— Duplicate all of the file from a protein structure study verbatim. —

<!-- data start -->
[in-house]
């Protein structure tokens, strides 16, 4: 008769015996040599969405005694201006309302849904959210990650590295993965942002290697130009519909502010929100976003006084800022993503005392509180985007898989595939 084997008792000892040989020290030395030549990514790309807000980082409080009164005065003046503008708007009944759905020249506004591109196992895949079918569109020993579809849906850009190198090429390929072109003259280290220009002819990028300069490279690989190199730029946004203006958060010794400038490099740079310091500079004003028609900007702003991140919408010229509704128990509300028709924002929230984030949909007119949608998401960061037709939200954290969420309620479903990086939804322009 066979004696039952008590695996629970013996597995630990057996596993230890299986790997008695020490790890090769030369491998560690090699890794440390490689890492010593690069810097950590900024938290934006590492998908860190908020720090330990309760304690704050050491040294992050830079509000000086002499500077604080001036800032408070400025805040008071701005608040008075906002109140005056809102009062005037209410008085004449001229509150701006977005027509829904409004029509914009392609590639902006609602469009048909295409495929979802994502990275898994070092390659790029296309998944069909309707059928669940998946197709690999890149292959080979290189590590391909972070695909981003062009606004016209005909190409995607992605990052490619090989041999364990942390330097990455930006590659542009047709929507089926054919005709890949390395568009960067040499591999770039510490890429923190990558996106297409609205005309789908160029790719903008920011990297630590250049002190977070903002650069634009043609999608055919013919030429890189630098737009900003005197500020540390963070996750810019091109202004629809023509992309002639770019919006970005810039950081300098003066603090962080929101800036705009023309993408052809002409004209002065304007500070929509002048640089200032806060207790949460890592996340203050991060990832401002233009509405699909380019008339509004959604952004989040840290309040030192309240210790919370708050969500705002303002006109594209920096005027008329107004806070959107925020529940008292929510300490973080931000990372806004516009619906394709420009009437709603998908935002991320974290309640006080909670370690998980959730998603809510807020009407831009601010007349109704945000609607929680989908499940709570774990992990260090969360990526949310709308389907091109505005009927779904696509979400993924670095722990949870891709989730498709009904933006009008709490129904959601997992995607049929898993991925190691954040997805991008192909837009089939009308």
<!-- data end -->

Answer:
[in-house]
């Protein structure tokens, strides 16, 4: 008769015996040599969405005694201006309302849904959210990650590295993965942002290697130009519909502010929100976003006084800022993503005392509180985007898989595939 084997008792000892040989020290030395030549990514790309807000980082409080009164005065003046503008708007009944759905020249506004591109196992895949079918569109020993579809849906850009190198090429390929072109003259280290220009002819990028300069490279690989190199730029946004203006958060010794400038490099740079310091500079004003028609900007702003991140919408010229509704128990509300028709924002929230984030949909007119949608998401960061037709939200954290969420309620479903990086939804322009 066979004696039952008590695996629970013996597995630990057996596993230890299986790997008695020490790890090769030369491998560690090699890794440390490689890492010593690069810097950590900024938290934006590492998908860190908020720090330990309760304690704050050491040294992050830079509000000086002499500077604080001036800032408070400025805040008071701005608040008075906002109140005056809102009062005037209410008085004449001229509150701006977005027509829904409004029509914009392609590639902006609602469009048909295409495929979802994502990275898994070092390659790029296309998944069909309707059928669940998946197709690999890149292959080979290189590590391909972070695909981003062009606004016209005909190409995607992605990052490619090989041999364990942390330097990455930006590659542009047709929507089926054919005709890949390395568009960067040499591999770039510490890429923190990558996106297409609205005309789908160029790719903008920011990297630590250049002190977070903002650069634009043609999608055919013919030429890189630098737009900003005197500020540390963070996750810019091109202004629809023509992309002639770019919006970005810039950081300098003066603090962080929101800036705009023309993408052809002409004209002065304007500070929509002048640089200032806060207790949460890592996340203050991060990832401002233009509405699909380019008339509004959604952004989040840290309040030192309240210790919370708050969500705002303002006109594209920096005027008329107004806070959107925020529940008292929510300490973080931000990372806004516009619906394709420009009437709603998908935002991320974290309640006080909670370690998980959730998603809510807020009407831009601010007349109704945000609607929680989908499940709570774990992990260090969360990526949310709308389907091109505005009927779904696509979400993924670095722990949870891709989730498709009904933006009008709490129904959601997992995607049929898993991925190691954040997805991008192909837009089939009308």